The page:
Update from the U. S. Arctic Research Commission

By: John Farrell, Executive Director, U.S. Arctic Research Commission

Commission meeting. The 110th public meeting of the USARC will be held 5-7 September in northwestern Alaska. Input from this meeting will help inform the USARC's recommendations to the President and Congress on Arctic research. Commissioners, staff, and invited guests will meet publicly in the Northwest Arctic Borough Assembly chambers in Kotzebue on 5 September. The day-long gathering will start with a semi-structured discussion with local residents directly involved in research. This will be followed by in-depth presentations on the topics of health and community wellness, infrastructure and adaptation, and on scientific research projects currently being conducted in the region. A detailed agenda, including speakers and topics, is available on the USARC website. On 6 September, the Commission will visit the villages of Selawik (population ~830) and Buckland (population ~430) to compare and contrast the water and sanitation services and related infrastructure. The USARC encourages applied research on these topics and helps facilitate the [Alaska Rural Water and Sanitation Working Group]
( https://www.arctic.gov/water-san/index.html) that is advancing research to maximize the health benefits of in-home running water and sanitation services in rural Alaska. On 7 September, to better understand the importance of research associated with natural resources, the Commission will conduct a site visit to the Red Dog Mine, the world's second largest source of zinc ore.

Production facilities at the Red Dog Mine located in northwestern Alaska, in the Western Brooks Range, approximately 82 miles north of Kotzebue and 46 miles inland from the coast of the Chukchi Sea, on land owned by NANA Regional Corporation. Photo courtesy of John Farrell.Production facilities at the Red Dog Mine located in northwestern Alaska, in the Western Brooks Range, approximately 82 miles north of Kotzebue and 46 miles inland from the coast of the Chukchi Sea, on land owned by NANA Regional Corporation. Photo courtesy of John Farrell.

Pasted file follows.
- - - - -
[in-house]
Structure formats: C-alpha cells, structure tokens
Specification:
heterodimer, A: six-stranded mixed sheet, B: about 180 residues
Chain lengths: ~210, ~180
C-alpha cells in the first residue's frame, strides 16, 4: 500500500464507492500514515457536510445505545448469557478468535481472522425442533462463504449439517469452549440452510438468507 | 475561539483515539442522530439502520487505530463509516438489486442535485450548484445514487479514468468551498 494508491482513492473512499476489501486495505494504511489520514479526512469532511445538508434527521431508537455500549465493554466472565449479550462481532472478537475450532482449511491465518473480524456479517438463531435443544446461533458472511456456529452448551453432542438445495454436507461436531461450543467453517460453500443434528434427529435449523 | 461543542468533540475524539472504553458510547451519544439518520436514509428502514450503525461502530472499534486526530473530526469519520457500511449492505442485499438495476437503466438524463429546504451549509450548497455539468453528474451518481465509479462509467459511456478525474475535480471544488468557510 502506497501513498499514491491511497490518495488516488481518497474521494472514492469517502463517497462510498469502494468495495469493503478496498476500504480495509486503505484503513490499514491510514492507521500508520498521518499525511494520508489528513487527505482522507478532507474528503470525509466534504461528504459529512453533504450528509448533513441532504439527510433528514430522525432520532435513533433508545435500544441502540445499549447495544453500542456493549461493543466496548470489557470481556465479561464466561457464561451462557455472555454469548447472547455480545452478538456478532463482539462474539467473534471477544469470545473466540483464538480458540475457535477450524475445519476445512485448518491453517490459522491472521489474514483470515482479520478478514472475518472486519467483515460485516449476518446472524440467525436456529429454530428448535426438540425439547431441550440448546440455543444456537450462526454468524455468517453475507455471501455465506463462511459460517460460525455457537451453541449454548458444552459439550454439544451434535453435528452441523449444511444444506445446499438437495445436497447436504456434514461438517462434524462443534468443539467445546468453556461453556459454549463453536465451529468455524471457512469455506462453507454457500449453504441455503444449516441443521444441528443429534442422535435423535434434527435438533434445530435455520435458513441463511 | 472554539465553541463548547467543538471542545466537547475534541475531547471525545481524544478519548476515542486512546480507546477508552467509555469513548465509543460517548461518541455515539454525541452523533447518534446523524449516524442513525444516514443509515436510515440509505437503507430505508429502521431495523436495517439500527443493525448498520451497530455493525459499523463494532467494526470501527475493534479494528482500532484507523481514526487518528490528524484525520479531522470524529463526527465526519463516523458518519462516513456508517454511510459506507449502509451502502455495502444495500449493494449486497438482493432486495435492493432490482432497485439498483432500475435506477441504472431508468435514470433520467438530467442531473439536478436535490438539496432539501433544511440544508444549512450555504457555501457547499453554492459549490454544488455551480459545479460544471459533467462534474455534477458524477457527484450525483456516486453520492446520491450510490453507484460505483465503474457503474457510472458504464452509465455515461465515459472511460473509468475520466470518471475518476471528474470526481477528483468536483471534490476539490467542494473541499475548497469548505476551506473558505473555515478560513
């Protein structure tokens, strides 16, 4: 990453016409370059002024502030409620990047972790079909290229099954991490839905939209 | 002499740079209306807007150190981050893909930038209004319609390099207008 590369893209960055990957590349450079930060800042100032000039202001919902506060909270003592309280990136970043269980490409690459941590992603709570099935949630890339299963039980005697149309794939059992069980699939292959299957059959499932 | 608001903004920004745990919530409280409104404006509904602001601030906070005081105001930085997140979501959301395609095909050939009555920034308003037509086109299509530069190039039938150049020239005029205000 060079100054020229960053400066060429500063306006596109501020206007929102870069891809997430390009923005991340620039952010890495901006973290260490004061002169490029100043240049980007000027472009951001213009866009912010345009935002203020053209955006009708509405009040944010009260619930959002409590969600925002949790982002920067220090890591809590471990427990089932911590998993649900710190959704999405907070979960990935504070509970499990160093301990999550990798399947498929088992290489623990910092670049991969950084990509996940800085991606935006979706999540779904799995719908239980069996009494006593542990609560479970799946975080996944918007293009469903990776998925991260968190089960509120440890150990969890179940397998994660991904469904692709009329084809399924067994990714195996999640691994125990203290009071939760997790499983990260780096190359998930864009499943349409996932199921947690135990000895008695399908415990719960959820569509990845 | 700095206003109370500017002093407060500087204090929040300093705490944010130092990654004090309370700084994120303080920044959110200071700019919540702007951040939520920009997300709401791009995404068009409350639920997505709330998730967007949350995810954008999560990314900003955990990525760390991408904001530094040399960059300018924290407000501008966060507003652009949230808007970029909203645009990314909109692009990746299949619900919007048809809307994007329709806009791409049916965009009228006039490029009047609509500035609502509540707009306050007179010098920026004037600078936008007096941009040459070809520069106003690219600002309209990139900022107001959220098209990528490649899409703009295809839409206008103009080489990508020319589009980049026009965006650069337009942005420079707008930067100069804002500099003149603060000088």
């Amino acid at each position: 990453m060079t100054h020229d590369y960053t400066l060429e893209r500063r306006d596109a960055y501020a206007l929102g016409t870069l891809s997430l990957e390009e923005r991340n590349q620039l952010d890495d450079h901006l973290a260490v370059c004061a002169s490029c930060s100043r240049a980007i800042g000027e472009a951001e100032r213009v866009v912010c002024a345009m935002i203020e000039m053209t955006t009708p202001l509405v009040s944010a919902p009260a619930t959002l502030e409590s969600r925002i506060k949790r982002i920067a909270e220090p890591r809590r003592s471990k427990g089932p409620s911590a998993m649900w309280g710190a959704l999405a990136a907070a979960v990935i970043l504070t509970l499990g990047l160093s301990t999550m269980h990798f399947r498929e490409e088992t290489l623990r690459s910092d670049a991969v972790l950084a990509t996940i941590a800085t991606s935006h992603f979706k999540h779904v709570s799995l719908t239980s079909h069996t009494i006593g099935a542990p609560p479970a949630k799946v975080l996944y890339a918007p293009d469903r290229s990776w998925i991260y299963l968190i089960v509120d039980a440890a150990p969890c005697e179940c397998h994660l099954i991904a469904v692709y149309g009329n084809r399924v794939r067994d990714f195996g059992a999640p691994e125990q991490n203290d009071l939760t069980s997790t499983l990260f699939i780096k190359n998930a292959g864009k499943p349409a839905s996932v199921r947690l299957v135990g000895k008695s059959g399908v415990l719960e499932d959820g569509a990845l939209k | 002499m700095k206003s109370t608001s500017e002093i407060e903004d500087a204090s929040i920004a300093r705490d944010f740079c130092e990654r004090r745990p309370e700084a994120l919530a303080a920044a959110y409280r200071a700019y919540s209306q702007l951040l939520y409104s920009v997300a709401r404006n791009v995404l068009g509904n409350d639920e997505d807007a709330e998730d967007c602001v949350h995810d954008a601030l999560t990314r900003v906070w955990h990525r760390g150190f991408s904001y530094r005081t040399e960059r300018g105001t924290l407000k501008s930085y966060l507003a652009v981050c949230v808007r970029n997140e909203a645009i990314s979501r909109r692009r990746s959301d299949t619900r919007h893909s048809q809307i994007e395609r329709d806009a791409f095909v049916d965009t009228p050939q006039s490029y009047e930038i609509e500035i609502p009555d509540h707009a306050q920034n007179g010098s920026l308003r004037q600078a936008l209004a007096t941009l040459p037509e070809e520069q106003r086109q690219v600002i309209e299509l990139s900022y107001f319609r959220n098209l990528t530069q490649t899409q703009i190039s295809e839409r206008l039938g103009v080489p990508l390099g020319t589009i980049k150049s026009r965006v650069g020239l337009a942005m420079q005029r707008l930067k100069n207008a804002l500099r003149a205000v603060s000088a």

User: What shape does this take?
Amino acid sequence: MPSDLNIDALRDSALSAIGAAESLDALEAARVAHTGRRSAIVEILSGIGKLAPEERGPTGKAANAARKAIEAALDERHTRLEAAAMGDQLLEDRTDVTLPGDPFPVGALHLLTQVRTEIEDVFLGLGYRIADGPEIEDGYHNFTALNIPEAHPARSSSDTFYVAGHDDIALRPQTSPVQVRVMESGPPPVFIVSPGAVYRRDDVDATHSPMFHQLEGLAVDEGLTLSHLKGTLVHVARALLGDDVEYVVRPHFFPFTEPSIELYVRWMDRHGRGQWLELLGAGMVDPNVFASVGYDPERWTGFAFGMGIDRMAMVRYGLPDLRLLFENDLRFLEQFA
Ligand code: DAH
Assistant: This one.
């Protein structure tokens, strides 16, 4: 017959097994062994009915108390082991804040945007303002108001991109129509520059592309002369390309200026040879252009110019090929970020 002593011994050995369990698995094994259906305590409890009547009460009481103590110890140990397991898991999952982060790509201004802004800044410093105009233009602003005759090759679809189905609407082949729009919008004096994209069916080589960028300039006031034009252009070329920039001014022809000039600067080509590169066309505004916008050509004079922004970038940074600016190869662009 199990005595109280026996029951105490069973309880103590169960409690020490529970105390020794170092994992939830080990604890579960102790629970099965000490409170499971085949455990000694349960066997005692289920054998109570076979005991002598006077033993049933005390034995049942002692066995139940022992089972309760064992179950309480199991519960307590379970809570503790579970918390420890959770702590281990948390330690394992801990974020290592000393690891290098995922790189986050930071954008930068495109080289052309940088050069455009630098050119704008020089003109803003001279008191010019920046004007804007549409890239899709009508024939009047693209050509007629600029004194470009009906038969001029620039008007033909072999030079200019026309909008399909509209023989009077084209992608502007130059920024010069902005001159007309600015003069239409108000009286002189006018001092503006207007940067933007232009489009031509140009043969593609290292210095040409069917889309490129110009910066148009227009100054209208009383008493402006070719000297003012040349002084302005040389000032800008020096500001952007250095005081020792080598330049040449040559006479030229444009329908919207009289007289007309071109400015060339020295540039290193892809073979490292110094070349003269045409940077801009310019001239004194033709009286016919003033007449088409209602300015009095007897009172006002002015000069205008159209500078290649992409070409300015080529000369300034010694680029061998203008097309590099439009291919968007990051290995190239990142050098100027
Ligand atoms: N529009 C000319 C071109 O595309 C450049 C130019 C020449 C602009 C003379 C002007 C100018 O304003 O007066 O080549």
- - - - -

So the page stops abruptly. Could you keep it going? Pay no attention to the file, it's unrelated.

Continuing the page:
Second Arctic Science Ministerial. Given the success of the inaugural [Arctic Science Ministerial](https://www.arctic.gov/publications/other/supporting_arctic_science.html, organized and hosted by the United States in September 2016, at the White House, a second ministerial has been scheduled for 26 October 2018, in Berlin, Germany. The organizers of this effort are the European Union, Germany, and Finland. The ministerial will be preceded on the 25th by an Arctic Science Forum that will involve 10-12 scientists from each participating country, as well as five representatives from each of six Indigenous peoples groups, and one representative each from about 10 other international organizations. The ministerial will have three themes: (1) Strengthening, integrating and sustaining Arctic observations, facilitating access to Arctic data and sharing Arctic research infrastructure; (2) Understanding regional and global dynamics of Arctic change; and (3) Assessing vulnerability and building resilience of Arctic environments and societies. The US delegation to the ministerial will be headed by Dr. France Cordova, the NSF Director. She will be joined by Dr. Tim Gallaudet, Acting Administrator of NOAA, and the Honorable Fran Ulmer, Chair of the USARC. As with the first ministerial, the main outcome from the second ministerial will be a "Joint Statement of Ministers," the drafting of which has been in progress for months.